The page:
- One last thing to consider regarding religions and education is the education of religions. You learn about religions in history class, in philosophy class, and in well, religion class if you attend a school/university that offers it. When talking about religion in a history class you only learn the basics because teachers aren’t allowed or have the time to go into depth with every single piece of a religion, religions are huge and complicated especially if you’re solely talking about the major ones (Islam, Christianity, Catholicism, Buddhism, Hinduism, and Judaism). In philosophy class you’re taught more in depth about religions but still not 100% and when you take a philosophy class or a history class you’re not necessarily taking either to learn about religions but to learn about every subject offered in the class. However, when you take a specific religious class it has to be because you’re interested in the religion or the religion is yours.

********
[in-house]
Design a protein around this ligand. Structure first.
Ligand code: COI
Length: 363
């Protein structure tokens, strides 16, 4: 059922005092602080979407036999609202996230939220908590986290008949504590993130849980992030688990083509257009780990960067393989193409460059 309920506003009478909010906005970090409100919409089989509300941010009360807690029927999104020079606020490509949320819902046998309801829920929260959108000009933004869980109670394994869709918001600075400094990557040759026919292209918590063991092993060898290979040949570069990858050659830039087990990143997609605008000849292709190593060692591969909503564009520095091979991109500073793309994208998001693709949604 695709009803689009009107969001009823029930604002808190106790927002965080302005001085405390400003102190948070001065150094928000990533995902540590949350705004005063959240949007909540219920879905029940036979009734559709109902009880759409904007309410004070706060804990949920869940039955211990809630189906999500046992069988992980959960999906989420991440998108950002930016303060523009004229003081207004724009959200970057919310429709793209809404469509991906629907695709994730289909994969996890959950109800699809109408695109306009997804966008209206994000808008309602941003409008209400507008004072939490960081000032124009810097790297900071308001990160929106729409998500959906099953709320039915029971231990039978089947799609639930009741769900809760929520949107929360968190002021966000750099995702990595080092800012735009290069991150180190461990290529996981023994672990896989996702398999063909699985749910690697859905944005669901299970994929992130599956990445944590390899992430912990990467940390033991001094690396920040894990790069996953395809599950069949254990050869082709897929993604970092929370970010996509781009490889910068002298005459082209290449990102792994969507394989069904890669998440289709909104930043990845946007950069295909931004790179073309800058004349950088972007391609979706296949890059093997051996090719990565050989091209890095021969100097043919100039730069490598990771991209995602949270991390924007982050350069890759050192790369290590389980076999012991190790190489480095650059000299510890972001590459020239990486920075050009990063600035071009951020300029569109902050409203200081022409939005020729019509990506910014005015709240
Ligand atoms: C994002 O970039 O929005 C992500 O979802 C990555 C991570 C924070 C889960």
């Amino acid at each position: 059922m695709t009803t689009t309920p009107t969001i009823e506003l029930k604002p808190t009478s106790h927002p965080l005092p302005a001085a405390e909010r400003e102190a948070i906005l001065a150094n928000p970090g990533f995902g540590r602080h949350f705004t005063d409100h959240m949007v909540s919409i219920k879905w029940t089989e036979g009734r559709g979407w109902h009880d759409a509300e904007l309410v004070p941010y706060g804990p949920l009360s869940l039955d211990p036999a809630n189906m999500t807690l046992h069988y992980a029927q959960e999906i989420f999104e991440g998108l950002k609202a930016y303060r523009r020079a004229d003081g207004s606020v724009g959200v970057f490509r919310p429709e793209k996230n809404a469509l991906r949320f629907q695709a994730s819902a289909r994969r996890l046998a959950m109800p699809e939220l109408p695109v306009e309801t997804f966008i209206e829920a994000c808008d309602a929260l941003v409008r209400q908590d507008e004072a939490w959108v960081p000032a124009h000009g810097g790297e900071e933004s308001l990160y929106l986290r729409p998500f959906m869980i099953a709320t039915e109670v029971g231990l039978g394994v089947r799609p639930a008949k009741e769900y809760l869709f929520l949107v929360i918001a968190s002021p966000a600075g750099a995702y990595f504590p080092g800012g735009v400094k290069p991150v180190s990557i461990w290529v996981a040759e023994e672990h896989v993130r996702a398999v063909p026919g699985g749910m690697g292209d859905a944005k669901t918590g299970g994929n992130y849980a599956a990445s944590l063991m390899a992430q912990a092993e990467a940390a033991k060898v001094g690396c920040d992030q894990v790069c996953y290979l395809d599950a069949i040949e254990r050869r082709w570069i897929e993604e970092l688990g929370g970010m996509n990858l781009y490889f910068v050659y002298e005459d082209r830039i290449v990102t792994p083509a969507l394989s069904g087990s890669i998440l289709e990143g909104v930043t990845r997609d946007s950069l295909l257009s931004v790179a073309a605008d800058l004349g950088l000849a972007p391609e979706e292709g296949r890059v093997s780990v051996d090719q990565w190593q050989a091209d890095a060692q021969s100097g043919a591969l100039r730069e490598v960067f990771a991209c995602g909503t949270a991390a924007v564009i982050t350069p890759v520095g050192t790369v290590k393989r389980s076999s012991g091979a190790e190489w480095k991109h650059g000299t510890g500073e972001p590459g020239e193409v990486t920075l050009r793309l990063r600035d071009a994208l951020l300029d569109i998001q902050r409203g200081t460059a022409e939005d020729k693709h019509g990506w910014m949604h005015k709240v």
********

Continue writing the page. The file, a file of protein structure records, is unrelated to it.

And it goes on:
RELIGION AND EATING:
- Buddhism: In Theravada and Mahayana schools many people do not eat meat or fish. Some are vegans and specifically in China and Vietnam, many do not eat onions or garlic. Buddha told people not to eat certain types of meats: humans, elephants, horses, dogs, snakes, lions, tigers, boars, and hyenas. This was due to self-respect and protection. Though there is no specific law in Buddhism regarding food, in the time of the Buddha himself, monks were expected to eat everything put in their begging bowl without discrimination.
- Hinduism: In this religion, meat, fish, poultry, and eggs are forbidden. People who follow this religion very closely also don’t eat garlic, onions, mushrooms, alcohol, and tea or coffee. In the Vedic texts, one should offer food as a sacrifice to God. Many references indicate that fruits, vegetables, grains, nuts, and dairy products are fit for humans to consume. The food offered to God is thought to bestow religious merit, purify the body, mind, and spirit. For this reason food has a close relation not only to the religion as a whole but in worship. The forbidden foods are considered ignorant and beef in particular is avoided due to respect for the cow. Bhishma, central character in a Hindu epic tells about how no sacrifice should be made without butter. Therefore, cows became essential.